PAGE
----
19. While my own work is set in the Regency era, I’m a huge contemporary fan and love Suzanne Brockmann’s work. When her last book released, I read a number of reviewers who did not like the direction her story took, yet I thought it was my favorite of all her books.

    If I’ve learned anything from this business, it is that not everyone is going to love everything. Yet, different tastes are what keeps the book industry filled with diverse publications:)

  20. Since I won a drawing already (I still can’t believe it!) I’m not writing this to enter. I’m writing this because it’s an issue that’s been close to my heart for years.

    I’ve always read genre fiction. Always. Mystery. Thriller. Sci-fi. I’m actually late to the Romance genre, having had a few snobby preconceptions about it. (My boyfriend’s mother, who was particularly mean to me, read romance all the time. I associated it with her and stayed away for years. Cutting off my nose to spite my face, I suppose.)

    I studied literature in college and therefore knew all the books you were Supposed To Read, the books you were to Let Everyone Else Know You Read and above all, The Books That Are Worthy Of Publication. It was frustrating because none of what I really liked to read generally made the cut. It struck me as weird because much of what is taught in Victorian literature classes was the Genre fiction of its day. If Dickens were writing today he’d probably be called Stephen King.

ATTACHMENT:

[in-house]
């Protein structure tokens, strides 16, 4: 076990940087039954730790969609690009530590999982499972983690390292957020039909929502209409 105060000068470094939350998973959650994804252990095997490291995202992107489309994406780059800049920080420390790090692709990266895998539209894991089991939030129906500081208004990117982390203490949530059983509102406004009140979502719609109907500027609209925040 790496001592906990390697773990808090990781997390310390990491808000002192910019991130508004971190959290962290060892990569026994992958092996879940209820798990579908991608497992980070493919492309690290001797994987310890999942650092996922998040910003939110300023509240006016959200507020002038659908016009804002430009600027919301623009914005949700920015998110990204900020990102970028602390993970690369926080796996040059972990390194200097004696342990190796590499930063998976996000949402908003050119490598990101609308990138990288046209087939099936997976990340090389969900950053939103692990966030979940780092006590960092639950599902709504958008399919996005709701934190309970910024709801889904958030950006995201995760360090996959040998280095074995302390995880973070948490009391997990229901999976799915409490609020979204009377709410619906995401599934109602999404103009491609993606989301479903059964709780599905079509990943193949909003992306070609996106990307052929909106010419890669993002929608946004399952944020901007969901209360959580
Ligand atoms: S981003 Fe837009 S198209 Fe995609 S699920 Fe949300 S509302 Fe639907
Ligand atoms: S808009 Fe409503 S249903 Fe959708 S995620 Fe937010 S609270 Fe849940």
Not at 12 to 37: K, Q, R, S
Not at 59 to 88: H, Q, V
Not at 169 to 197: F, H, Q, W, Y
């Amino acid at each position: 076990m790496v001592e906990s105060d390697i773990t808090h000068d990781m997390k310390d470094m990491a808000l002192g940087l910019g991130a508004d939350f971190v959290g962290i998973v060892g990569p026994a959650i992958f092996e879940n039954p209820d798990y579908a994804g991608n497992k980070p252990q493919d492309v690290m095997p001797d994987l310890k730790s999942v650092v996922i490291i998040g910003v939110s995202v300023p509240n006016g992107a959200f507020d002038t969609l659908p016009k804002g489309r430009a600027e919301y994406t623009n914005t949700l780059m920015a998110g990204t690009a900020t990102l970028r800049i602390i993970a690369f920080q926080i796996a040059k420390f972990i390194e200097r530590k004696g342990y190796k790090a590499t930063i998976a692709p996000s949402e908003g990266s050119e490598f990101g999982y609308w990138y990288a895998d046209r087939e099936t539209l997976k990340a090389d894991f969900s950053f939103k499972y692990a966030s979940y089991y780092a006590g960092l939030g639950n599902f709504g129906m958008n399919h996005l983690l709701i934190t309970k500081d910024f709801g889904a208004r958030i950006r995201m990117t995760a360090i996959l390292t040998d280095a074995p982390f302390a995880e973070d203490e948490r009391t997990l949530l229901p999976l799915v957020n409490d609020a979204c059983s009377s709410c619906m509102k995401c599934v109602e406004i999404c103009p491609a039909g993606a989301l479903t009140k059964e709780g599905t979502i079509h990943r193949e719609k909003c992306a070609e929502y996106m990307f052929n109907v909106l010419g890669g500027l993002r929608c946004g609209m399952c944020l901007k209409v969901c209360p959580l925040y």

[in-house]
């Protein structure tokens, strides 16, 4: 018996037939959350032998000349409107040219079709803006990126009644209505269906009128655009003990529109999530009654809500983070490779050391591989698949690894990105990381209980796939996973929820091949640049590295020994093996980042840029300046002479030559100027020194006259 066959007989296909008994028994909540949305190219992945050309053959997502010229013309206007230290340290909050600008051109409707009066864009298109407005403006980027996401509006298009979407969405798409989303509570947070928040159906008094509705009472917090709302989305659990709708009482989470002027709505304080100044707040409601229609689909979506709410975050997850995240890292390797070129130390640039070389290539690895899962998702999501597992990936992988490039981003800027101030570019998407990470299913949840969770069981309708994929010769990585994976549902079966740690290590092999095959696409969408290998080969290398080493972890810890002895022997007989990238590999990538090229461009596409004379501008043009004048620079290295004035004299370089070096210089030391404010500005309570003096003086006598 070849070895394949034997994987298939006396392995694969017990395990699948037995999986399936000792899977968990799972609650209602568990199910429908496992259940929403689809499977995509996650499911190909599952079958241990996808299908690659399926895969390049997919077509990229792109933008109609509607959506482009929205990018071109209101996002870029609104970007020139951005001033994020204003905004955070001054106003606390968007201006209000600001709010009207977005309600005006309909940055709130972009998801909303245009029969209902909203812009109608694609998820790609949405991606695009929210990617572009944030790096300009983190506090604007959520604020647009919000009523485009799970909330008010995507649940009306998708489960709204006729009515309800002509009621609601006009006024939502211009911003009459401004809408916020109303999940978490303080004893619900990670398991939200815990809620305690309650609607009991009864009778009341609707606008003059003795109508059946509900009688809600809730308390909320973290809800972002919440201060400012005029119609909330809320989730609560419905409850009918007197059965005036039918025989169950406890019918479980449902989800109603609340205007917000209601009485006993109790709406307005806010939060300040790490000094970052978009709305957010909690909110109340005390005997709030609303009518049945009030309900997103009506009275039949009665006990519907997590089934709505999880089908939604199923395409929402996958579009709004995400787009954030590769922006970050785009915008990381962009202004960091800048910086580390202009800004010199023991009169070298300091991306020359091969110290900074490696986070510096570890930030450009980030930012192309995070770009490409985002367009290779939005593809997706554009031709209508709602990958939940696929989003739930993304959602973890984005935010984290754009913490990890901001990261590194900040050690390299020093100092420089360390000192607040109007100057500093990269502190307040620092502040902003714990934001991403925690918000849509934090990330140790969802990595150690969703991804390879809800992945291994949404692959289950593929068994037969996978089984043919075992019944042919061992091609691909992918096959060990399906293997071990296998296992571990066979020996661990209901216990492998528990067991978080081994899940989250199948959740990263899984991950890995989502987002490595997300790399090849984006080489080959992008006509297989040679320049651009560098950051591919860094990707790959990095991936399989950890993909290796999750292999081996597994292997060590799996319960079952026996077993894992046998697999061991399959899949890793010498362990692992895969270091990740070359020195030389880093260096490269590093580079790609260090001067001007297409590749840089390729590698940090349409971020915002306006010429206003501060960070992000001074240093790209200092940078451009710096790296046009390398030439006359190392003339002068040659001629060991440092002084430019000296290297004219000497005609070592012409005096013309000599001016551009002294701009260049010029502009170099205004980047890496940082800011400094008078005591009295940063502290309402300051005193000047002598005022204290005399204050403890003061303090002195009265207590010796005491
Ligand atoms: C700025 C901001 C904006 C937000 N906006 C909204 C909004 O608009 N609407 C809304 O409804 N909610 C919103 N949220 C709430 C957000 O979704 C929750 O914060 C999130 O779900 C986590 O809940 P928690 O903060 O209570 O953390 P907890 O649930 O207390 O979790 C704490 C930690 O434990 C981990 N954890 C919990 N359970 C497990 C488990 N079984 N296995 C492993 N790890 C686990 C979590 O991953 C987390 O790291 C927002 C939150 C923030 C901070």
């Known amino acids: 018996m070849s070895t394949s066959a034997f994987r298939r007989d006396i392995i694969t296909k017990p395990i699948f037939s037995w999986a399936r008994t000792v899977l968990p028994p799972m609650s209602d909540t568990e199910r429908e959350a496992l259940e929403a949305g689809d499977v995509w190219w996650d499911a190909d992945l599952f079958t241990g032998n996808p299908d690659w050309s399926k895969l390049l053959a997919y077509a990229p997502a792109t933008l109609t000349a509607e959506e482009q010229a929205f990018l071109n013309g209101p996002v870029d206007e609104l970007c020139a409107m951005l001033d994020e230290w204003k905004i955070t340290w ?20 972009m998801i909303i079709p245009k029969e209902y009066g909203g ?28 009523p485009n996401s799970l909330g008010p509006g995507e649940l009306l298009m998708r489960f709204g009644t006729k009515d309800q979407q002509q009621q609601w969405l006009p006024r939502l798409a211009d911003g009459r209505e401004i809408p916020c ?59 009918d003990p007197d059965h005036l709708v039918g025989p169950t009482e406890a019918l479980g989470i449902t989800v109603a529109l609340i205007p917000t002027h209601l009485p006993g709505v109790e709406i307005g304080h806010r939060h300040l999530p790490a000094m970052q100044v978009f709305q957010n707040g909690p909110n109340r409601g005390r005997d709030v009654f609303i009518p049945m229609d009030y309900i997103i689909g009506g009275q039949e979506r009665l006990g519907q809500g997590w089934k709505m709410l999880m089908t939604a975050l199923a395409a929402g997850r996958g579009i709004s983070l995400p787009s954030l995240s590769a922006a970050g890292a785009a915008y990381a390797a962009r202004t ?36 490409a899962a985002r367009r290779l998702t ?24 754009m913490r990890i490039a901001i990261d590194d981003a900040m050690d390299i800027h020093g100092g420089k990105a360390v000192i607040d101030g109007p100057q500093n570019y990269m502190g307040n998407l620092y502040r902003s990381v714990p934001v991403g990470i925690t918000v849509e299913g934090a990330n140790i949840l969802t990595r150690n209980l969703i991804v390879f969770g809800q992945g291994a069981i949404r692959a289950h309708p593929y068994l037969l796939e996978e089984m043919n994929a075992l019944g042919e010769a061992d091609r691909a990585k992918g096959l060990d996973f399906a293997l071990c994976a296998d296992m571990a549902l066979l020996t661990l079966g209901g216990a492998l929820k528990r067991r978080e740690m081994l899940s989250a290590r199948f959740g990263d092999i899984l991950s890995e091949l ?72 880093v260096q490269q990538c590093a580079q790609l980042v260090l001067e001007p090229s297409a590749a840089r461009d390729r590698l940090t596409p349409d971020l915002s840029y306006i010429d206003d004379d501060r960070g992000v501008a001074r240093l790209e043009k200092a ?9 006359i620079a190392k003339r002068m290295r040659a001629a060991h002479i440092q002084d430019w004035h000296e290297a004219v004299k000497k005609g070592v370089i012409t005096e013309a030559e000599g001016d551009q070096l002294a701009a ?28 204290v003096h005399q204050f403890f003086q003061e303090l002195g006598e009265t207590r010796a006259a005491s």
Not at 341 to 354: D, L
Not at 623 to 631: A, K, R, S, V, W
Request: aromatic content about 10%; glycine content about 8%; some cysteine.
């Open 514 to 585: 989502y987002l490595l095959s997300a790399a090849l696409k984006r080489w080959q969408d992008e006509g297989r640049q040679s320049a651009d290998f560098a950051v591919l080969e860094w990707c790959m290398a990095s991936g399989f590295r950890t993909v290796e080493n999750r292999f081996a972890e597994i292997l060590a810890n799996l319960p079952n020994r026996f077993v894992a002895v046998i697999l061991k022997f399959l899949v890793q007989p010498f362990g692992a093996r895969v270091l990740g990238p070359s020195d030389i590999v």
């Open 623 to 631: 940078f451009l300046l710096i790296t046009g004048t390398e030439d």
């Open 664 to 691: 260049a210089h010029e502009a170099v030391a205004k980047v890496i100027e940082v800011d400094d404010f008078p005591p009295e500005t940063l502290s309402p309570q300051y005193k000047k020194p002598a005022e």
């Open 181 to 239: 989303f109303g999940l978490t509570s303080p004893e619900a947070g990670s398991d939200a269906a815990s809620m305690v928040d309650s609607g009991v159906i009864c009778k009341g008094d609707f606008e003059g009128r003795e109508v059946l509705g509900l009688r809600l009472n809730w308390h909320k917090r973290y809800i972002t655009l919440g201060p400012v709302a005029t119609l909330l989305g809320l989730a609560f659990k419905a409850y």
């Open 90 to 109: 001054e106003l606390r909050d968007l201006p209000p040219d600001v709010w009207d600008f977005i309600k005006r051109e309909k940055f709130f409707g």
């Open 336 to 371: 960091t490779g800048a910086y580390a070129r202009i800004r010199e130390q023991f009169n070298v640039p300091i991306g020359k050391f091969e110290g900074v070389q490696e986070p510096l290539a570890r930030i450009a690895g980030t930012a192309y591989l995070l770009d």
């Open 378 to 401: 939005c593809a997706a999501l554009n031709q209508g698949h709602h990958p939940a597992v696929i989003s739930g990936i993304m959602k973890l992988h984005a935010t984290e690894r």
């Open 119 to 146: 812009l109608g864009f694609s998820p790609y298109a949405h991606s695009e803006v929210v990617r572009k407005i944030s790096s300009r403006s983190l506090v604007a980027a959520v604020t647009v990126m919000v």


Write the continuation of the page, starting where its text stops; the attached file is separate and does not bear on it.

It’s kind of ironic you bring this up now because my whole life changed when I studied literature in London for a semester. The man who was my professor there told me two things, one not germaine to this discussion. The other was that I should first and foremost love reading and READ WHAT NOURISHES ME. That advice changed my life in too many ways to go into here, but it’s probably some of the best advice I’ve ever gotten. He died a couple of days ago and has been particularly alive in my thoughts.

    So I read a lot and love a lot that the critics don’t like. Which is fine and dandy by me. A lot of what the critics like I loathe. (Anna Karenina, Sophie’s Choice). I feel the books I read and don’t like the ones which oppress my spirit. Neal Stephenson and Stephen King have been carrying the standard for pro-genre fiction for years now. Most of what I feel on the subject has been said handily by those two excellent men repeatedly. I don’t want to link it here, but I encourage anyone to google those topics if they want a refreshing read about how the books we are shamed about reading by the critics are actually more often the books with living merit.

    Not to suck up–really, I hate looking like a suckup–but no critically approved book (save Pillars of the Earth) has ever pulled me out of a funk or gotten me through a hard day or been something I looked forward to reading when my work was done. Every Susan Wiggs book I have ever picked up has been that for me. Which is why I like them.

  21. I don’t suppose it’s any different with books than with movies. Sometimes you’ll agree and sometimes you won’t. Our local paper’s former movie critic was kind of a ‘reverse barometer’ for us. If he hated it, we’d probably like it.